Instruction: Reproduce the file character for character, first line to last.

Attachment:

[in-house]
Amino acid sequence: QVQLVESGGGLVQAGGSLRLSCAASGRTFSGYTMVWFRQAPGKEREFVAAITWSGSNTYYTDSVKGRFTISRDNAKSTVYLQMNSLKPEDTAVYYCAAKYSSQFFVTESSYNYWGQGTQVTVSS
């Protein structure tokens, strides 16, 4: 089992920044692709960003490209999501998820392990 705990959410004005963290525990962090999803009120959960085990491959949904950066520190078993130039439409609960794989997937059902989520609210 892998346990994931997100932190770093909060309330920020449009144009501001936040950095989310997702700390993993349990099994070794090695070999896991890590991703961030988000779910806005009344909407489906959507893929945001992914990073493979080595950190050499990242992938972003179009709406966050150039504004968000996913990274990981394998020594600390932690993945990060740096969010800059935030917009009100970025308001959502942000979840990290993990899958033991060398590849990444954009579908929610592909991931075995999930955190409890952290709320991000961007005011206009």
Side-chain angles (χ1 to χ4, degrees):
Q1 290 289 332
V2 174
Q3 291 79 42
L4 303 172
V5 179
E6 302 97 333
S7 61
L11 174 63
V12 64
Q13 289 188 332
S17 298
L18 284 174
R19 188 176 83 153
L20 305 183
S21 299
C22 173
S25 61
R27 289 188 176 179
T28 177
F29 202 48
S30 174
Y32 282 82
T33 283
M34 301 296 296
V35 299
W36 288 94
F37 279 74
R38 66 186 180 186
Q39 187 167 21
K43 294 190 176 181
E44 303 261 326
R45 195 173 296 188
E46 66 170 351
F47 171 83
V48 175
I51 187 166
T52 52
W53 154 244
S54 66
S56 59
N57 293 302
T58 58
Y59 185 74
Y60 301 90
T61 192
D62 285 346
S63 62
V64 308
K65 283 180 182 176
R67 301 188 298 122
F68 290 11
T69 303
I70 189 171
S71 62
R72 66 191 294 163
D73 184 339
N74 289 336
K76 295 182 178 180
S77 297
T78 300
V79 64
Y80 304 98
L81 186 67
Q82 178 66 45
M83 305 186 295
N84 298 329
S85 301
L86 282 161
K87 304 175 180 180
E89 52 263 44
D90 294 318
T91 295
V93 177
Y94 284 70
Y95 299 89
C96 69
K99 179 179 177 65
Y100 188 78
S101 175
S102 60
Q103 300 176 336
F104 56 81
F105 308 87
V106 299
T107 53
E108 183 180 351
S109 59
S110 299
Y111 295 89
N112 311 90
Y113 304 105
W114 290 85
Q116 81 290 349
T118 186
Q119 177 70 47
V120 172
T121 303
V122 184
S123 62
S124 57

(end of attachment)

[in-house]
Amino acid sequence: QVQLVESGGGLVQAGGSLRLSCAASGRTFSGYTMVWFRQAPGKEREFVAAITWSGSNTYYTDSVKGRFTISRDNAKSTVYLQMNSLKPEDTAVYYCAAKYSSQFFVTESSYNYWGQGTQVTVSS
């Protein structure tokens, strides 16, 4: 089992920044692709960003490209999501998820392990 705990959410004005963290525990962090999803009120959960085990491959949904950066520190078993130039439409609960794989997937059902989520609210 892998346990994931997100932190770093909060309330920020449009144009501001936040950095989310997702700390993993349990099994070794090695070999896991890590991703961030988000779910806005009344909407489906959507893929945001992914990073493979080595950190050499990242992938972003179009709406966050150039504004968000996913990274990981394998020594600390932690993945990060740096969010800059935030917009009100970025308001959502942000979840990290993990899958033991060398590849990444954009579908929610592909991931075995999930955190409890952290709320991000961007005011206009």
Side-chain angles (χ1 to χ4, degrees):
Q1 290 289 332
V2 174
Q3 291 79 42
L4 303 172
V5 179
E6 302 97 333
S7 61
L11 174 63
V12 64
Q13 289 188 332
S17 298
L18 284 174
R19 188 176 83 153
L20 305 183
S21 299
C22 173
S25 61
R27 289 188 176 179
T28 177
F29 202 48
S30 174
Y32 282 82
T33 283
M34 301 296 296
V35 299
W36 288 94
F37 279 74
R38 66 186 180 186
Q39 187 167 21
K43 294 190 176 181
E44 303 261 326
R45 195 173 296 188
E46 66 170 351
F47 171 83
V48 175
I51 187 166
T52 52
W53 154 244
S54 66
S56 59
N57 293 302
T58 58
Y59 185 74
Y60 301 90
T61 192
D62 285 346
S63 62
V64 308
K65 283 180 182 176
R67 301 188 298 122
F68 290 11
T69 303
I70 189 171
S71 62
R72 66 191 294 163
D73 184 339
N74 289 336
K76 295 182 178 180
S77 297
T78 300
V79 64
Y80 304 98
L81 186 67
Q82 178 66 45
M83 305 186 295
N84 298 329
S85 301
L86 282 161
K87 304 175 180 180
E89 52 263 44
D90 294 318
T91 295
V93 177
Y94 284 70
Y95 299 89
C96 69
K99 179 179 177 65
Y100 188 78
S101 175
S102 60
Q103 300 176 336
F104 56 81
F105 308 87
V106 299
T107 53
E108 183 180 351
S109 59
S110 299
Y111 295 89
N112 311 90
Y113 304 105
W114 290 85
Q116 81 290 349
T118 186
Q119 177 70 47
V120 172
T121 303
V122 184
S123 62
S124 57